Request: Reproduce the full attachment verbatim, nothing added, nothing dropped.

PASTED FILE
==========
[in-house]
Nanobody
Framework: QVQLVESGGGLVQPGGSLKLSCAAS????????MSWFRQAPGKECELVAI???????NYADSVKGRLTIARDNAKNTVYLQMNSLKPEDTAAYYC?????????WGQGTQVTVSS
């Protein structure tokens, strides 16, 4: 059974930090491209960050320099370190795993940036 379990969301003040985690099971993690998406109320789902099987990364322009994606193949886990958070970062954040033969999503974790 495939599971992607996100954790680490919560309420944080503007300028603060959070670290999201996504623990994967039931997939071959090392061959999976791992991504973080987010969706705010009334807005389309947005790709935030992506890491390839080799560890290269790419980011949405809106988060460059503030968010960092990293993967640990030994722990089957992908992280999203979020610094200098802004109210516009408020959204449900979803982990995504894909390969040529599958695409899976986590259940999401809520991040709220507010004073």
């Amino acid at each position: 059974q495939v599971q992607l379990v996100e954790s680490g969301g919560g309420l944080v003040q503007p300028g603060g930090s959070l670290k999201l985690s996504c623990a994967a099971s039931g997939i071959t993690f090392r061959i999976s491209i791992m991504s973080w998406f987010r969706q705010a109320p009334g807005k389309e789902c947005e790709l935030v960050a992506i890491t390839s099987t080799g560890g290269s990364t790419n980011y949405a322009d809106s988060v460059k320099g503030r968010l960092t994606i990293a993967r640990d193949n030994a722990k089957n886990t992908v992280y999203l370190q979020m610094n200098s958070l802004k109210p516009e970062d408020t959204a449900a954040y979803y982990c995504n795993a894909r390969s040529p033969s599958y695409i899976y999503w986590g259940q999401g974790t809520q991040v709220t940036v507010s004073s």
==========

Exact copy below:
[in-house]
Nanobody
Framework: QVQLVESGGGLVQPGGSLKLSCAAS????????MSWFRQAPGKECELVAI???????NYADSVKGRLTIARDNAKNTVYLQMNSLKPEDTAAYYC?????????WGQGTQVTVSS
């Protein structure tokens, strides 16, 4: 059974930090491209960050320099370190795993940036 379990969301003040985690099971993690998406109320789902099987990364322009994606193949886990958070970062954040033969999503974790 495939599971992607996100954790680490919560309420944080503007300028603060959070670290999201996504623990994967039931997939071959090392061959999976791992991504973080987010969706705010009334807005389309947005790709935030992506890491390839080799560890290269790419980011949405809106988060460059503030968010960092990293993967640990030994722990089957992908992280999203979020610094200098802004109210516009408020959204449900979803982990995504894909390969040529599958695409899976986590259940999401809520991040709220507010004073």
């Amino acid at each position: 059974q495939v599971q992607l379990v996100e954790s680490g969301g919560g309420l944080v003040q503007p300028g603060g930090s959070l670290k999201l985690s996504c623990a994967a099971s039931g997939i071959t993690f090392r061959i999976s491209i791992m991504s973080w998406f987010r969706q705010a109320p009334g807005k389309e789902c947005e790709l935030v960050a992506i890491t390839s099987t080799g560890g290269s990364t790419n980011y949405a322009d809106s988060v460059k320099g503030r968010l960092t994606i990293a993967r640990d193949n030994a722990k089957n886990t992908v992280y999203l370190q979020m610094n200098s958070l802004k109210p516009e970062d408020t959204a449900a954040y979803y982990c995504n795993a894909r390969s040529p033969s599958y695409i899976y999503w986590g259940q999401g974790t809520q991040v709220t940036v507010s004073s």